How can our eyes tell the difference between a close object and a far object?


How can our eyes tell the difference between a close object and a far object

In: Biology

Two ways. One is just the size of what we see compared to how big we know that object to be. The second is based on the angle of your eyes. Use your left and right hands to point at your computer screen. Now instead point at something very far away. See how the angle between your fingers changes as you point to things further away? Your brain can tell how far something is by how it has to aim your eyes in order to focus on it.

Binocular/stereoscopic vision basically each eye gets a separate view of the object and by comparing the two visions the brain is able to perceive depth, the binocular vision is why predators have the eyes facing forward where as herbivores need close to 360 degree vision to see what is sneaking up on them

1. Your eyes point in a bit when you’re looking at something vaguely close so they’re both looking at the same thing. At the extreme this is you being cross eyed when you try look at the tip of your nose. Your brain measures this and can detect distance from it. This works for short to middle distances.

2. Lens focus. The amount that our lenses have to adjust to focus is an indicator of distance, your brain also measures this and estimates distance. This works for short to middle distances.

3. Experience. You know roughly how big certain things are, when they’re further away they look smaller. Your brain then uses expected size vs apparent size to gauge how far away something is. This works for longer distances.

It learns how to do this when you’re an infant and clumsily bumping into things or reaching for stuff that’s way out of your reach.

This is also how optical illusions like Forced Perspective work, the graphics/setup presents information that makes it seem something is at a different distance than it is, either by tricking size cues or perspective cues. Similarly this is why when you look at clouds from above when in an airplane it’s very difficult to work out how far away they are – the focal length is maxed out and there’s no frame of reference to compare sizes to, so although the clouds might be many miles away they can look relatively close.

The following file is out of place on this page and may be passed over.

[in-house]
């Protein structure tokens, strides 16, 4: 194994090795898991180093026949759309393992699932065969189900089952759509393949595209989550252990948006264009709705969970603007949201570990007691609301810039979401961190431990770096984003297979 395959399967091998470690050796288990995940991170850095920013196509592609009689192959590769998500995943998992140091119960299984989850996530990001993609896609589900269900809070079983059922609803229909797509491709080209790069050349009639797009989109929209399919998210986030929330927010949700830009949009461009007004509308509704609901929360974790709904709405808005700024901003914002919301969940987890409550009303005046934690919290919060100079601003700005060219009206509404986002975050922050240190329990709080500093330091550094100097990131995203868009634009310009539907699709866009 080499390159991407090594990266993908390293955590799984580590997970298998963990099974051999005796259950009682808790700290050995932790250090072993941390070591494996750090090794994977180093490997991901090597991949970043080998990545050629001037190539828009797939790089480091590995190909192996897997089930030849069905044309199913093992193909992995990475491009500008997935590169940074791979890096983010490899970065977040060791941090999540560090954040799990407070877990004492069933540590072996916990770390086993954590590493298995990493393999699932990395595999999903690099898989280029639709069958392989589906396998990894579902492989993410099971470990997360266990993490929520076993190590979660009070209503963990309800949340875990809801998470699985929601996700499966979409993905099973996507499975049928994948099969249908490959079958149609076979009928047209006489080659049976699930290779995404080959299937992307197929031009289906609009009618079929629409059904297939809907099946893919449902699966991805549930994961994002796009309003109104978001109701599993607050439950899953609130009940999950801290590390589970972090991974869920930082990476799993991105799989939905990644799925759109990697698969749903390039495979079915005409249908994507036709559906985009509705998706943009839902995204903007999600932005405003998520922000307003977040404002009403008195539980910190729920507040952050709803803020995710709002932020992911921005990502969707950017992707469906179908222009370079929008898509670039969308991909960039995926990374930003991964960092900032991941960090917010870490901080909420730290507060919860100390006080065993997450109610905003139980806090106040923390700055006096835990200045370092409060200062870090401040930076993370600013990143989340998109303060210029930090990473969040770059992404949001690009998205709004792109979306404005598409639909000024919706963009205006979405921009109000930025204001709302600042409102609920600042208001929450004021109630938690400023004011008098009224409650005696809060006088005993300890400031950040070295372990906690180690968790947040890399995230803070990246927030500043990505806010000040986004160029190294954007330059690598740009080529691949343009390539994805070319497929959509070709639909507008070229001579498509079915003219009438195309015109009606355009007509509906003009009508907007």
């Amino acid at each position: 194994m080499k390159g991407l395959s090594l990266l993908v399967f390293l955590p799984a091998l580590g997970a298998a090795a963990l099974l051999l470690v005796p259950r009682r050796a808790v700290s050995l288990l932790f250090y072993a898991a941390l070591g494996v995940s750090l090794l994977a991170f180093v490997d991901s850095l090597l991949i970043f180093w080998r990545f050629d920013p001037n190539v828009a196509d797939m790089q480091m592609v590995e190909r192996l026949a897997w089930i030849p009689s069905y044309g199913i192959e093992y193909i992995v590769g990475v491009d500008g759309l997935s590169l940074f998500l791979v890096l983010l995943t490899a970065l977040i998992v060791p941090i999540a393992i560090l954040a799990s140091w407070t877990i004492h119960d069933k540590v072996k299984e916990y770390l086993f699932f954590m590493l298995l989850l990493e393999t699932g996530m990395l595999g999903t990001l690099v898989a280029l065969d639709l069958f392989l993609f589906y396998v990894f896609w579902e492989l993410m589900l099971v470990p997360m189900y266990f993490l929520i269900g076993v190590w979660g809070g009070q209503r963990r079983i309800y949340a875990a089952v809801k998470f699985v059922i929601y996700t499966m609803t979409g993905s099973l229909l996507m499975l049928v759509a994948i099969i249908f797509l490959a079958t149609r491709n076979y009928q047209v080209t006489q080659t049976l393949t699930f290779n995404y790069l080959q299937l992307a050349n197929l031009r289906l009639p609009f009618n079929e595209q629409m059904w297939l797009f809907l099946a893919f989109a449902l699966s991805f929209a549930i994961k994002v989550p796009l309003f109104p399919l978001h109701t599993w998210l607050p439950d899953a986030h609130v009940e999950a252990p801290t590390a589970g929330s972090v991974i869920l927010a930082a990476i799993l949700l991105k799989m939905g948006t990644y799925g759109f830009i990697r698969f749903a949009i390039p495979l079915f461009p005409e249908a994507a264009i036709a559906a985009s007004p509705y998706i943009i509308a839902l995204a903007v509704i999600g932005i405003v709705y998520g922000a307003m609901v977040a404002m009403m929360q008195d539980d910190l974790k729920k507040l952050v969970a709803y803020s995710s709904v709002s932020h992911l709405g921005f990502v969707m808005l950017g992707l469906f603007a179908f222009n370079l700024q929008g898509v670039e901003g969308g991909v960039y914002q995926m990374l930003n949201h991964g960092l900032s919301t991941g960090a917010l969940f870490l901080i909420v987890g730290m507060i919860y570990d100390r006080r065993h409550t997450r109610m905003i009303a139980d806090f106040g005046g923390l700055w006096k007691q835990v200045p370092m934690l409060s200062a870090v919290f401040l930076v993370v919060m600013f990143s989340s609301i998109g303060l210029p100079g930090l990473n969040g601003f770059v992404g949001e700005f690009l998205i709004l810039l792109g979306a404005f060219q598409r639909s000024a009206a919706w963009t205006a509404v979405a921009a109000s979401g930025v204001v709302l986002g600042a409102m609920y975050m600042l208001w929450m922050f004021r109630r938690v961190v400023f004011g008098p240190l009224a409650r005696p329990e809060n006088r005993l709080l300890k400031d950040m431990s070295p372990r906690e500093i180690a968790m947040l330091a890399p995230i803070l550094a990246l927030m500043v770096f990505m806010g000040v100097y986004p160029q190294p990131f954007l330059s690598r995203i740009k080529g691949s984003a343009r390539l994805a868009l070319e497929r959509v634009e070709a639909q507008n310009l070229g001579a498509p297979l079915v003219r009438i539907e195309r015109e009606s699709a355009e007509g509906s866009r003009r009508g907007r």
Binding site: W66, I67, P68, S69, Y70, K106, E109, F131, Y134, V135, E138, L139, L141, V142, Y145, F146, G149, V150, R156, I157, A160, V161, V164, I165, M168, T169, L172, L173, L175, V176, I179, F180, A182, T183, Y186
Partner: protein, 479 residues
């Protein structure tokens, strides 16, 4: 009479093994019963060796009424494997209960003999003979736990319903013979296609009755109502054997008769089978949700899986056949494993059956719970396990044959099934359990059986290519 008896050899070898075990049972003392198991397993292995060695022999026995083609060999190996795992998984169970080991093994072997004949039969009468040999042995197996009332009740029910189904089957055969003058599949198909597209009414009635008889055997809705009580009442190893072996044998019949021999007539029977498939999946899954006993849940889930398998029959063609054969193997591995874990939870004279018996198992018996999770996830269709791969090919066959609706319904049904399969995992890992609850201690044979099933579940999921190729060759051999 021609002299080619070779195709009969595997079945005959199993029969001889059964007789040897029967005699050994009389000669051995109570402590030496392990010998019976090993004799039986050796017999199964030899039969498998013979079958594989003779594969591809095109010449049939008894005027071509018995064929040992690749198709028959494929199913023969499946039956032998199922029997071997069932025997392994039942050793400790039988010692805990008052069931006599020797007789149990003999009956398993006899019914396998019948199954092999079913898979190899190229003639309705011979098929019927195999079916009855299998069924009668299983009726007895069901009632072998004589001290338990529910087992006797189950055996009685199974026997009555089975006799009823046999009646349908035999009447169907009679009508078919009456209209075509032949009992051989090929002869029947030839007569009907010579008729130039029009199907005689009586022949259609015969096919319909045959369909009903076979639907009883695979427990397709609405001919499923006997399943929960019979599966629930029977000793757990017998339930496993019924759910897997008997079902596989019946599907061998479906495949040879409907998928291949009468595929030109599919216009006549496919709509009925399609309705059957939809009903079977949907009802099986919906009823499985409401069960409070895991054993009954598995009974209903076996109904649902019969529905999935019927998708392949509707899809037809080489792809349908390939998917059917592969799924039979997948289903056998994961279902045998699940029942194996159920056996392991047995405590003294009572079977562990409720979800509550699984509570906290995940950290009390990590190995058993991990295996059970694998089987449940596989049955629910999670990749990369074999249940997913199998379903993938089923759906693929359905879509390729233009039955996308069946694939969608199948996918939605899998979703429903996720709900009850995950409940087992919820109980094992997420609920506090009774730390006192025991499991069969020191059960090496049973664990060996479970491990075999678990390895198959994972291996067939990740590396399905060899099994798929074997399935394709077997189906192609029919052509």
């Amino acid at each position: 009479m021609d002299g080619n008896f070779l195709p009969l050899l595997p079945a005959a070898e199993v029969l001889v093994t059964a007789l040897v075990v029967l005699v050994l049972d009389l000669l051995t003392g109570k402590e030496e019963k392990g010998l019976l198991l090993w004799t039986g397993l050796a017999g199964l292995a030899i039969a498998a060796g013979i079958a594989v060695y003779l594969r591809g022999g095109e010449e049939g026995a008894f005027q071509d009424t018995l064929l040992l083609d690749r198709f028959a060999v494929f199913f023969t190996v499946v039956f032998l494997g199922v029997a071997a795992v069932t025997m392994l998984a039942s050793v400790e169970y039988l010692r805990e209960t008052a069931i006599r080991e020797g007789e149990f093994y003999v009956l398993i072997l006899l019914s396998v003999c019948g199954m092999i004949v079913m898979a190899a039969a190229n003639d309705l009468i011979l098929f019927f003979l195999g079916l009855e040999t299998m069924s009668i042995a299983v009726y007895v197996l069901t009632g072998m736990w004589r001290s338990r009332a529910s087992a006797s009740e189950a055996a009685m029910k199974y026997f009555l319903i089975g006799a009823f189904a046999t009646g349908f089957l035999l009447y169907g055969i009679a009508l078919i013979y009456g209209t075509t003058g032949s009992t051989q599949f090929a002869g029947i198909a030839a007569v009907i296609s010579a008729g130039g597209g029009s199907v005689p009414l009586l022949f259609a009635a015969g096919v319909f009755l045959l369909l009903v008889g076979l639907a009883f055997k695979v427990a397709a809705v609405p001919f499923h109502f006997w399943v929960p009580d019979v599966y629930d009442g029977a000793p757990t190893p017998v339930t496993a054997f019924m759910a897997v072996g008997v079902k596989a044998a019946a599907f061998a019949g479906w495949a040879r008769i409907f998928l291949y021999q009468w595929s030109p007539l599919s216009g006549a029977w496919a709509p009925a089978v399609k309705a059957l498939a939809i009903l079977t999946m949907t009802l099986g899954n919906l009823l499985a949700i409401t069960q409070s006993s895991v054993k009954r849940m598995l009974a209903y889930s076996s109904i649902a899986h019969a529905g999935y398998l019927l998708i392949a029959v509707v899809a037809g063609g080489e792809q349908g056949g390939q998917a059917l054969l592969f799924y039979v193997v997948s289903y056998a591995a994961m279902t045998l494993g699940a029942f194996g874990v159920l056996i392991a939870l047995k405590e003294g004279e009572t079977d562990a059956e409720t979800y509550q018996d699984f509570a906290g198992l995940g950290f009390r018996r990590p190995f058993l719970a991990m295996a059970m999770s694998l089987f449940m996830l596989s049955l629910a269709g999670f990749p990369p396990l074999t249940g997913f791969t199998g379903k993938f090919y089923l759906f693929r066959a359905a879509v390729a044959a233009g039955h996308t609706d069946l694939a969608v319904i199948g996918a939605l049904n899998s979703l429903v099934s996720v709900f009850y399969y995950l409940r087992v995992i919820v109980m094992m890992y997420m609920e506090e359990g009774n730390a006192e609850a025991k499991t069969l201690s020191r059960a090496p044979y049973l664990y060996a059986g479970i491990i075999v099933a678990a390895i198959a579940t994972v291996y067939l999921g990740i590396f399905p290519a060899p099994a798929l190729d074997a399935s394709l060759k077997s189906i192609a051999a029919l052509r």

There are a few ways that you can do this, and it’s really quite complicated.

There are things called monocular cues to 3D space. Monocular cues are methods that let you tell the difference between a close object and a far away one with only one eye. For example, occlusion is one example of a monocular cue. Occlusion describes the situation where one object covers the view of another object. The object being obstructed is typically seen as the one being further away.

Another monocular cue is relative size. Simply put, smaller things are typically seen as being further away. Relative size is often paired with a texture gradient, where closer things are typically seen closer to the “bottom” of your visual field, and things farther away are seen towards the “top.” You also have an implicit understanding of how big or small things “usually” are. If you see a coke can and a person, and they look almost the same height, you can infer that the person is probably very far away since you have a decent idea of about how large a coke can is.

You are also born with an implicit understanding of properties of the atmosphere. Things further away have to pass through more air, and so the light reflecting off of them is more scattered and appear fainter and more distance. This is called aerial perspective, and its another clue to which things are further away and which things are closer to you.

You also have the tool of linear perspective. Imagine a road going off into the distance. In this case, the two sides of the road are parallel, but from your perspective they will converge onto a single point called the vanishing point. Linear perspective helps you understand that the vanishing point is probably very far away.